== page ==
Memory replacement or upgrade on Unibody MacBook Pro's
Apple tends to charge a premium price for memory -- For example, the cost for 16GB of memory in the current model Retina MacBook Pro is $200 via Apple, but on Amazon.com you can buy equivalent (1866 DDR3 SODIMM's) memory for well under $100. Unfortunately for us the newer Apple hardware doesn't allow memory upgrades. Fortunately for us we're talking about the Unibody MacBook Pro's, which we can completely disassemble if we like. Upgrading or replacing the memory on these machines is one of the simplest tasks.
The 2009-2011 MacBook Pro's max out at 8 GB of memory, and the 2011-2012 models max out at 16 GB. The more memory your machine has the faster it will run because it will spend less time swapping stuff to/from disk.
The first step is removing the bottom plate of your machine. This will require a Phillips #00 screwdriver as discussed there.
MacBook and MacBook Pro 'Unibody' Models 2008 – 2010 (MacBook5,1; MacBookPro5,1; MacBookPro5,2;
MacBookPro5,3; MacBookPro5,4; MacBookPro5,5; MacBookPro6,1; MacBookPro6,2 & MacBookPro7,1): Generally these can handle 8GB of memory. The MacBookPro7,1 can handle 16GB of memory. They use two memory slots - ergo, an 8GB system requires 2x 4GB cards.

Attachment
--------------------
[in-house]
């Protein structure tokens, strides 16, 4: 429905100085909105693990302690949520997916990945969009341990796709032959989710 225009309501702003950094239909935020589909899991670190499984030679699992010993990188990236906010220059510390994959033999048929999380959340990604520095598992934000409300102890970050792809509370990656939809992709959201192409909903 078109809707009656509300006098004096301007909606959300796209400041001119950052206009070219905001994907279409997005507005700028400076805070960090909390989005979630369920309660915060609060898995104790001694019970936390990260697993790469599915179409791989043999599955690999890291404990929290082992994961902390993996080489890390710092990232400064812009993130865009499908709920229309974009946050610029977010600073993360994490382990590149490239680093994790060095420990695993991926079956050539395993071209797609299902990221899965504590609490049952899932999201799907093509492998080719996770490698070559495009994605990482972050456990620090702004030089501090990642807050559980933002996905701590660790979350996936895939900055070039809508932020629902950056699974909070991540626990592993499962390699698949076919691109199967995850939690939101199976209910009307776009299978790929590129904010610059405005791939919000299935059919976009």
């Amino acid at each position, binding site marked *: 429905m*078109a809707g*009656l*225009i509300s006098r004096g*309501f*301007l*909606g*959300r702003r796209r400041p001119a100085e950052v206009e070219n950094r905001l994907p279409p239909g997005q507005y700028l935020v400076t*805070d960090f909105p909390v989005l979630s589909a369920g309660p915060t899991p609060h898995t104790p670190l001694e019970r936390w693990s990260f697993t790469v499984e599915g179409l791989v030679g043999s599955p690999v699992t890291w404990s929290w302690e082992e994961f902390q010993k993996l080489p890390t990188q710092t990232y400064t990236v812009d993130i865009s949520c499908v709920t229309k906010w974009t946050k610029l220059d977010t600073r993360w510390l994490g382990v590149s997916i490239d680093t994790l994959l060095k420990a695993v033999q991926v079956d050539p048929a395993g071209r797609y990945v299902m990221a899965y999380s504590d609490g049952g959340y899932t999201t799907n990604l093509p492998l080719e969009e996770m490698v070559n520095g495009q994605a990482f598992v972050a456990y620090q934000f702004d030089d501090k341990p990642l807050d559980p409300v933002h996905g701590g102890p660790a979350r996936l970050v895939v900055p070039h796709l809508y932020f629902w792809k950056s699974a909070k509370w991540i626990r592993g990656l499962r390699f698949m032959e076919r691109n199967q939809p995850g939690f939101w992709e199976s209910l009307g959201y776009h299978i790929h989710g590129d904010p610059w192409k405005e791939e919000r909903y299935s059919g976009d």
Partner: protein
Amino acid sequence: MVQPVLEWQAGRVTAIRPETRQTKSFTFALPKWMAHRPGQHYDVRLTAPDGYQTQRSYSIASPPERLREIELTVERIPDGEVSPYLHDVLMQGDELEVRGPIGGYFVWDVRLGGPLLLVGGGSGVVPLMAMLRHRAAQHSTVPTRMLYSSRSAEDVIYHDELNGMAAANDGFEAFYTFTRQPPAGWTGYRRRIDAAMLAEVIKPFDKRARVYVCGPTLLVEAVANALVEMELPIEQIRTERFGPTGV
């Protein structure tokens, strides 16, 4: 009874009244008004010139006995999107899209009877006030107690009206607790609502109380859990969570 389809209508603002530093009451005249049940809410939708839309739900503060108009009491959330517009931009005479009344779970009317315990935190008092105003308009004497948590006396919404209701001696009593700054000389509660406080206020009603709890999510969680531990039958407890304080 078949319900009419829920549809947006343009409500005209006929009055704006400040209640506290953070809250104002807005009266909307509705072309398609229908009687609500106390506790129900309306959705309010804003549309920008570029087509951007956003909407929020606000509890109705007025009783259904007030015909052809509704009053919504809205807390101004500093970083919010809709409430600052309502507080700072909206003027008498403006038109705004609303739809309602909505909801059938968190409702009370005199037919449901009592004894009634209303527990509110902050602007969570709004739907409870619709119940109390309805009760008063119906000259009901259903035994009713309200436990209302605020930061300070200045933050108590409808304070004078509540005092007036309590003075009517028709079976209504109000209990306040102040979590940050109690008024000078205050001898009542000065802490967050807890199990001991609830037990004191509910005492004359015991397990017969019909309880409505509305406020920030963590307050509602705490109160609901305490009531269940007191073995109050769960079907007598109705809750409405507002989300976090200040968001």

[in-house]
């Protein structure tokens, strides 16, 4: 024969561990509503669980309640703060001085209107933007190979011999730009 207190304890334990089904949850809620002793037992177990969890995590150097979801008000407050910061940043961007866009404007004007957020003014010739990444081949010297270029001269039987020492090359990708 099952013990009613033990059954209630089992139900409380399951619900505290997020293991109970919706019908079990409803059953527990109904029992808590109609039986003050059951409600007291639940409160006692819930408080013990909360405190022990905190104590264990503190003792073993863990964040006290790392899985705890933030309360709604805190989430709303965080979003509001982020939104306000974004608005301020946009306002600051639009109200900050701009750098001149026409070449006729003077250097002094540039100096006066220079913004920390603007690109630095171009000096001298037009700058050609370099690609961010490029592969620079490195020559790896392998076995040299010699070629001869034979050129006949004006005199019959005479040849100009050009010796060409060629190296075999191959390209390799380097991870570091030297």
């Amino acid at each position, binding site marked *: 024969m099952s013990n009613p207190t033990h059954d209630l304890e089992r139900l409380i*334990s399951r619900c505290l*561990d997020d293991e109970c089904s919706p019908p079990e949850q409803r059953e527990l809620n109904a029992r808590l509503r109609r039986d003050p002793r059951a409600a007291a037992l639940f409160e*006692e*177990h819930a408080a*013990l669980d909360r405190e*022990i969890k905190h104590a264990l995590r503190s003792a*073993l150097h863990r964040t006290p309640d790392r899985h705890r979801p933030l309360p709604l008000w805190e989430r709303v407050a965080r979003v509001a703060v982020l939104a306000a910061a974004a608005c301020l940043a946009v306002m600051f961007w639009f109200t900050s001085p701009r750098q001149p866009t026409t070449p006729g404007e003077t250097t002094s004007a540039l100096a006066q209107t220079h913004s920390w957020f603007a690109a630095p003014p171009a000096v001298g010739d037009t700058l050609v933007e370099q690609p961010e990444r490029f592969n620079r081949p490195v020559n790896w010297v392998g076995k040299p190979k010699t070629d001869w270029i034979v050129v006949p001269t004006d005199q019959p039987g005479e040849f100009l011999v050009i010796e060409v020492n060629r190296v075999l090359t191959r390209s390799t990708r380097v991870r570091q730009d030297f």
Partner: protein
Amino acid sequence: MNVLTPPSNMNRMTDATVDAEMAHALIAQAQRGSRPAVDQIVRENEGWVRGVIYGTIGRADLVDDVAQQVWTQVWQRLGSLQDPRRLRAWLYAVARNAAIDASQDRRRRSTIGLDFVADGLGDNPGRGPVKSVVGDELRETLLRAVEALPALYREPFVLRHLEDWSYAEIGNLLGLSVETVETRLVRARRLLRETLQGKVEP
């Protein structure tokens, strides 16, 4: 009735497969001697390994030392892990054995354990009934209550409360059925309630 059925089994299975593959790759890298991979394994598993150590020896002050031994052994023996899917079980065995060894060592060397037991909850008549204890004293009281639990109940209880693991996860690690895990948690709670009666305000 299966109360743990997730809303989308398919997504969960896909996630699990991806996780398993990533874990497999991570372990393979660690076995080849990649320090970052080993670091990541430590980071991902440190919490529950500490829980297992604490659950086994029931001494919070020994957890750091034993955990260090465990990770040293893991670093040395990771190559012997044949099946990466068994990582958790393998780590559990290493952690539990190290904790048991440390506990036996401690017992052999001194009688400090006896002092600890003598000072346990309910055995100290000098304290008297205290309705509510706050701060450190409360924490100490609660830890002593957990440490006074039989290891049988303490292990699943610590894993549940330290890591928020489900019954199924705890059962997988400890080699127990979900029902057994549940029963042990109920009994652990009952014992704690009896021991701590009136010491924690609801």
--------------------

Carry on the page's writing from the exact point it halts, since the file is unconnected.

Characteristics: DDR3 SDRAM 204-pin DDR3-1066 PC3-8500
MacBook Pro 2011 (MacBookPro8,1; MacBookPro8,2 & MacBookPro8,3) In 2011, Apple moved to 16 GB maximum.
Characteristics: DDR3 SO-DIMM 204-pin DDR3-1333 PC3-10600
MacBook Pro 2012 (unibody, not Retina) (MacBookPro9,1 & MacBookPro9,2) 16 GB maximum.
Characteristics: DDR3 SO-DIMM 204-pin DDR3L-1600 PC3-12800
MacBook Pro Retina It's not possible to upgrade the memory of any Retina MBP.
MacBook Air It's not possible to upgrade the memory of any MacBook Air
This is what you see once the bottom plate is removed. NOTE: The computer in question did not have a battery in it. Normally the battery is there, and is a black oblong located next to the memory slots.
Replacing the memory is simply removing the existing memory, and inserting the replacement memory. It's a trivial task and does not require any tools except perhaps something to leverage things in and out of the memory slots. Usually you can do it with your fingers, but you'll sometimes need a tool.
Here the memory sticks are starting to be removed, and we also show the replacement sticks. Notice that there's an off-center notch in the electrical contacts. This notch lines up with a thingy where the memory is inserted into the slots. Because the notch is off-center, there's only one way the memory sticks can fit into the machine, reducing the chance for mistake.
There are two thingies to each side of the memory sticks. Simply pull them apart, and the memory sticks will pop up on their own accord. Simply lift the memory sticks out of the slot, and set them aside.
This is with the memory sticks completely removed. Look carefully and you'll see where the notches line up.
Now we're starting to insert the replacement memory sticks. You simply reverse the process of removing the sticks. Slide the memory stick into the slot -- lining up with the notch is automatic. Just slide it in, and push it down until it clicks in place.
After rebooting the computer, check here and see that it worked.